Areas of Specialty
Dr. Smith's area of expertise is in Clinical Health Psychology. She uses cognitive-behavioral modalities and motivational interviewing to improve chronic disease management, cease tobacco use, and promote healthy lifestyle changes.
Behavioral Health Interventions
- Chronic disease management
- Tobacco cessation
- Stress management
- Adjustment to serious medical conditions
- Increase medical treatment adherence
- Weight management
- Health promotion/Disease prevention
Pain is a generalized or localized unpleasant bodily sensation or complex of sensations that cause mild to severe discomfort and emotional distress. Chronic pain may last for months and even years, and interfere with daily activities, quality of life, and functioning. Medical conditions associated with chronic pain include low back pain, headaches, arthritis, degenerative joint diseases, migraines, nerve damage, fibromyalgia, and past surgeries or injuries. Behavioral health interventions are some of the most effective non-pharmacological treatments for chronic pain. Dr. Smith has specialized training in behavioral health interventions for chronic pain. Please see below to learn more about Cognitive Behavioral Therapy for Chronic Pain.
Cognitive Behavioral Therapy for Chronic Pain (CBT-CP)
Cognitive-Behavioral Therapy for Chronic Pain (CBT-CP) is a structured approach focused on the relationship between cognitions (or thoughts), emotions (or feelings), and behaviors and encourages clients to adopt an active, problem-solving approach to cope with the many challenges associated with chronic pain. CBT-CP improves functioning and quality of life for a variety of chronic pain conditions. CBT-CP is rooted in the development of a strong therapeutic relationship in a non-judgmental environment. The key components of CBT-CP include activity pacing, relaxation (e.g., diaphragmatic breathing, progressive muscle relaxation, guided imagery), behavioral activation, and cognitive restructuring.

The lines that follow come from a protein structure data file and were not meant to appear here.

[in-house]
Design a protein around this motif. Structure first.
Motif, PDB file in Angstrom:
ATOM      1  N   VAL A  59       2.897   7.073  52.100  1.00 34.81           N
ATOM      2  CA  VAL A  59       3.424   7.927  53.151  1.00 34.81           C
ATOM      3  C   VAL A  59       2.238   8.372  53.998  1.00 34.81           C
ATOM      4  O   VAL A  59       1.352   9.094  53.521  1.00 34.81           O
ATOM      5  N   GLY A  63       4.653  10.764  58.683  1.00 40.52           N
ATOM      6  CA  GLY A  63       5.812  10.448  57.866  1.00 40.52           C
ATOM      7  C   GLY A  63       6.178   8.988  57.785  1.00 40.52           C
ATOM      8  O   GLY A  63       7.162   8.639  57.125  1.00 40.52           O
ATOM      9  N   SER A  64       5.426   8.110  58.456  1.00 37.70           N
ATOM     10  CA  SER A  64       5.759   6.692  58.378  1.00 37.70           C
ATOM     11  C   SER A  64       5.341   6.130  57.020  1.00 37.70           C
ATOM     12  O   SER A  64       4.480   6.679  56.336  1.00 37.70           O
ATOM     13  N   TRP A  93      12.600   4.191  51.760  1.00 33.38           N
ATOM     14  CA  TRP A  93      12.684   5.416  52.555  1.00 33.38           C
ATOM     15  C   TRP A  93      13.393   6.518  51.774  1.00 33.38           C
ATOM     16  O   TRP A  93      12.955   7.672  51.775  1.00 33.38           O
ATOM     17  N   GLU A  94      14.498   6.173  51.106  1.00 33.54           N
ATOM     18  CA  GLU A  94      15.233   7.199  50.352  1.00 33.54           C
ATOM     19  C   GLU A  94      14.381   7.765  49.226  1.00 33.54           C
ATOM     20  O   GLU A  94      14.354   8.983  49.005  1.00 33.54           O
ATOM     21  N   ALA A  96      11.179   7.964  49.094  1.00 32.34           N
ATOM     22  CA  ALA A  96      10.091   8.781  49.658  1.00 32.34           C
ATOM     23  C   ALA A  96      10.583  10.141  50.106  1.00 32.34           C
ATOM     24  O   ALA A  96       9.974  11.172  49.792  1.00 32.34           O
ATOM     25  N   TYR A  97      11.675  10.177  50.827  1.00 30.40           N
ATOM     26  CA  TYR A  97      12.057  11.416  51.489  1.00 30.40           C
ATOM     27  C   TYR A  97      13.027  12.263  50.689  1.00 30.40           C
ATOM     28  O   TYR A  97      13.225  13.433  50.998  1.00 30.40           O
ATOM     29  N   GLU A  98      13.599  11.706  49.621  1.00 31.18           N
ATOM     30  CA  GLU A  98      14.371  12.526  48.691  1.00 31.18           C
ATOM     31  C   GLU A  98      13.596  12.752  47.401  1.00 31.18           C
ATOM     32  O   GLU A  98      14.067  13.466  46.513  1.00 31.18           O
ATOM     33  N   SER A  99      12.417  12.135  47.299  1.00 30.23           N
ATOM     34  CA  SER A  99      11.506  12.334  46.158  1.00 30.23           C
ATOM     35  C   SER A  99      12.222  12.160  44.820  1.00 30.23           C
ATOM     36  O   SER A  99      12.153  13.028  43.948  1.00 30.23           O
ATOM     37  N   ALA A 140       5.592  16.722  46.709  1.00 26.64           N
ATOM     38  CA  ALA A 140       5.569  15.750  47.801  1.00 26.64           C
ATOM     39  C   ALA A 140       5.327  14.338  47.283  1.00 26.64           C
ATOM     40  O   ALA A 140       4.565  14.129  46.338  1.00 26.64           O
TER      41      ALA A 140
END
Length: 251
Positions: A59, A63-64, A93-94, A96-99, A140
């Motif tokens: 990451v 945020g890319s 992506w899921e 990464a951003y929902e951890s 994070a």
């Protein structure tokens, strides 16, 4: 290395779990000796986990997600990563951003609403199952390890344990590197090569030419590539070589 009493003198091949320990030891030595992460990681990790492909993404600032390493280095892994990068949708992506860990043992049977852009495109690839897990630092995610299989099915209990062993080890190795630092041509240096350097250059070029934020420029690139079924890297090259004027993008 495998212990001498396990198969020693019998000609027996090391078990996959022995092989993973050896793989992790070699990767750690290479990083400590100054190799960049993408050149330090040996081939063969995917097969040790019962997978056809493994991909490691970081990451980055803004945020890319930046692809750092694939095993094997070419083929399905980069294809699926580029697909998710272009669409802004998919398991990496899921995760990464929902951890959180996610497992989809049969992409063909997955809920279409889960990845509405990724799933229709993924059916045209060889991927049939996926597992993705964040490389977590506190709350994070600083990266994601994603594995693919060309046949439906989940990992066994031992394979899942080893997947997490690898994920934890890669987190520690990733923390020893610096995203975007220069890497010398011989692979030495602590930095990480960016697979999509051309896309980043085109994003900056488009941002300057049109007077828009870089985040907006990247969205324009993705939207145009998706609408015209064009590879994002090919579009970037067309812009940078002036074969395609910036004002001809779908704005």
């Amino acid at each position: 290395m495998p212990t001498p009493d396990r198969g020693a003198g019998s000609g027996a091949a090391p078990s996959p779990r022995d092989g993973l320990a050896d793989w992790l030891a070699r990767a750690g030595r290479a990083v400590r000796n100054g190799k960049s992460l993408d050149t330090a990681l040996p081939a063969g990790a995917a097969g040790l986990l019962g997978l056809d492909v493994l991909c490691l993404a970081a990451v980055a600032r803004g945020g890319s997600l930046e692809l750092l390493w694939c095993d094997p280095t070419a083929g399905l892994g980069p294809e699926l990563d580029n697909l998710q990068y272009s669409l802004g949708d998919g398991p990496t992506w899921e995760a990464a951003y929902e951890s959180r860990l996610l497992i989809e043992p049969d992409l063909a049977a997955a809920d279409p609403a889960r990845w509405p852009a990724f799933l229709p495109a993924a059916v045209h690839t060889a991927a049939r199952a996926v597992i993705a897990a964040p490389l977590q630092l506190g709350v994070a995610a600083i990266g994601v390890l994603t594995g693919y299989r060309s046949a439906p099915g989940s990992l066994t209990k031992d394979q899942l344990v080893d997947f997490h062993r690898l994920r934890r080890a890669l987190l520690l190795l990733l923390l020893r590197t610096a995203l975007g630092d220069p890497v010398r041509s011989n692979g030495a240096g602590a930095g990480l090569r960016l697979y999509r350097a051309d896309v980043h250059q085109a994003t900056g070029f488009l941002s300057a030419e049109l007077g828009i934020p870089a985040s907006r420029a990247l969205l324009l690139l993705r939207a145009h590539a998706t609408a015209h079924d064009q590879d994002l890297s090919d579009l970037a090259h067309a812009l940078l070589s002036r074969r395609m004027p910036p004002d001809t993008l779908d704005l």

According to the American Sleep Association (AS), between 50 and 70 million of adults in the United States have a sleep disorder. Insomnia, persistent problems with staying or falling asleep, is one the most common sleep disorders. There are approximately 3 million cases of insomnia in the U.S. per year. According to ASA, approximately 30% of individuals identified insomnia as a short-term problem and 10% identified insomnia as chronic. Some of the most common causes of insomnia include stress, work or travel schedules, poor sleep habits, hyperarousal, mental health disorders, and medical conditions. Dr. Smith has specialized training in behavioral health interventions for insomnia. Please see below to learn more about Cognitive Behavioral Therapy for Insomnia.
Cognitive Behavioral Therapy for Insomnia (CBT-I)
Cognitive-Behavioral Therapy for Insomnia (CBT-I) is a multi-component treatment that addresses patients’ cognitions and behaviors that interfere with sleep. The first and most important component of CBT-I is education regarding the biological and psychological processes that regulate sleep. The behavioral components of CBT-I include two well-developed and empirically supported treatments, Stimulus Control and Sleep Restriction Therapy. The cognitive component of CBT-I is based on the theory that a person’s beliefs and the manner in which they think about, perceive, interpret, or assign judgment to particular situations in their life affects their emotional experiences and sleep. The final component of CBT-I aims to reduce physiological hyperarousal by using training in relaxation techniques, implementing a scheduled worry time, creating a time to unwind before sleep, and employing cognitive therapy strategies to address physiological and cognitive hyperarousal.